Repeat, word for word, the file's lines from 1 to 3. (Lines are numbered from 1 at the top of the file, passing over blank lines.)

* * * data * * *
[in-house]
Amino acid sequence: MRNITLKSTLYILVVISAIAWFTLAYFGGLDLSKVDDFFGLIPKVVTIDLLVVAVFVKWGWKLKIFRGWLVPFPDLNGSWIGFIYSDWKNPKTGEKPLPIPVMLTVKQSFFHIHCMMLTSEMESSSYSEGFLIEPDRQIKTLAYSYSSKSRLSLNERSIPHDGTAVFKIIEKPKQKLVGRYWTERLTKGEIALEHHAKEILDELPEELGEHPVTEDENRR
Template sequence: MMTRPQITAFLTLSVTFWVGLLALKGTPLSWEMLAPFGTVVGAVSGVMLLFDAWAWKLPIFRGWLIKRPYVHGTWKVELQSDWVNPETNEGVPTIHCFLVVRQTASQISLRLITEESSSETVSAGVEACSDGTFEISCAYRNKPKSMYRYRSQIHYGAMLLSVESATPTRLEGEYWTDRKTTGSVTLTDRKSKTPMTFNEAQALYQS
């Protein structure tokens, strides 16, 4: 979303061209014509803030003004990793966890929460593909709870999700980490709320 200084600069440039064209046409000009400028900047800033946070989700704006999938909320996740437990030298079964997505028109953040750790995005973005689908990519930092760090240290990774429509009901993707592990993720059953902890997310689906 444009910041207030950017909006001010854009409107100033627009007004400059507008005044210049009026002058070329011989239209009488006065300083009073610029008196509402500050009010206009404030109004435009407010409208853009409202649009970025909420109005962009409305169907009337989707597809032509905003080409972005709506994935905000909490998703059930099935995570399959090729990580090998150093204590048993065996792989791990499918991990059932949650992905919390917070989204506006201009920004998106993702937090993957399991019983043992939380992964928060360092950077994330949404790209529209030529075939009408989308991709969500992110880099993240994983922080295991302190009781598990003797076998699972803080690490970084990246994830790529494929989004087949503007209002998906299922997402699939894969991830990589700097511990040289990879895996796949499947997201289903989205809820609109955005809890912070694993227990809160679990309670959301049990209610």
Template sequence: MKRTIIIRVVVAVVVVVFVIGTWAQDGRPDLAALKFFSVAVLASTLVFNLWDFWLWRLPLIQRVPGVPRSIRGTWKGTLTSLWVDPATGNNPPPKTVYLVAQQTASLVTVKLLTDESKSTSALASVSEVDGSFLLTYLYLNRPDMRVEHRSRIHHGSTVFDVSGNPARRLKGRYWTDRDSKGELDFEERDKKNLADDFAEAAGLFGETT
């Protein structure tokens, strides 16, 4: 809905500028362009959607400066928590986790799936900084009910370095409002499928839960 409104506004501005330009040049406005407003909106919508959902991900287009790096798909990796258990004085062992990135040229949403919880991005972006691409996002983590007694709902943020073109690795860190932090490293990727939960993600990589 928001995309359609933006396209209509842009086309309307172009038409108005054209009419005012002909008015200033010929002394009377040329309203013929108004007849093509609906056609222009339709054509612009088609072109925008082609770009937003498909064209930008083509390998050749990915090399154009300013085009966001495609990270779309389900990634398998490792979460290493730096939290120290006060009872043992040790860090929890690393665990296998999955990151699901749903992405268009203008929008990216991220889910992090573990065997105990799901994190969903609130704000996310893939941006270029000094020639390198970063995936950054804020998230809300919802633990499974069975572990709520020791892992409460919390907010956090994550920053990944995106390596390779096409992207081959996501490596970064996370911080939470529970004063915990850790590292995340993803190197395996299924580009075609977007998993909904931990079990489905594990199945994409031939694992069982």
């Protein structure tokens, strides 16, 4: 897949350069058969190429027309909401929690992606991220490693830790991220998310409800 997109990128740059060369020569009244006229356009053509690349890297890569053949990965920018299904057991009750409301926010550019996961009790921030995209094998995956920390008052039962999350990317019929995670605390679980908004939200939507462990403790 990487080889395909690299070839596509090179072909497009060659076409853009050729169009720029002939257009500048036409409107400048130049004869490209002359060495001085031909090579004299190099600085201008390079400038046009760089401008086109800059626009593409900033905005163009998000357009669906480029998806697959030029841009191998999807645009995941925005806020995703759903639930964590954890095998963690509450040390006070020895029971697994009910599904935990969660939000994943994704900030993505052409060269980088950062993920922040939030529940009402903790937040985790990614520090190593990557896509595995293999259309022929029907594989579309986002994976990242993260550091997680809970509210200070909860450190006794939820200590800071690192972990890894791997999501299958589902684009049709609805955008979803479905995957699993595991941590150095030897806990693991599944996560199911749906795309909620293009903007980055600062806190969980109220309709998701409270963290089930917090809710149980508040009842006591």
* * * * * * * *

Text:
[in-house]
Amino acid sequence: MRNITLKSTLYILVVISAIAWFTLAYFGGLDLSKVDDFFGLIPKVVTIDLLVVAVFVKWGWKLKIFRGWLVPFPDLNGSWIGFIYSDWKNPKTGEKPLPIPVMLTVKQSFFHIHCMMLTSEMESSSYSEGFLIEPDRQIKTLAYSYSSKSRLSLNERSIPHDGTAVFKIIEKPKQKLVGRYWTERLTKGEIALEHHAKEILDELPEELGEHPVTEDENRR
Template sequence: MMTRPQITAFLTLSVTFWVGLLALKGTPLSWEMLAPFGTVVGAVSGVMLLFDAWAWKLPIFRGWLIKRPYVHGTWKVELQSDWVNPETNEGVPTIHCFLVVRQTASQISLRLITEESSSETVSAGVEACSDGTFEISCAYRNKPKSMYRYRSQIHYGAMLLSVESATPTRLEGEYWTDRKTTGSVTLTDRKSKTPMTFNEAQALYQS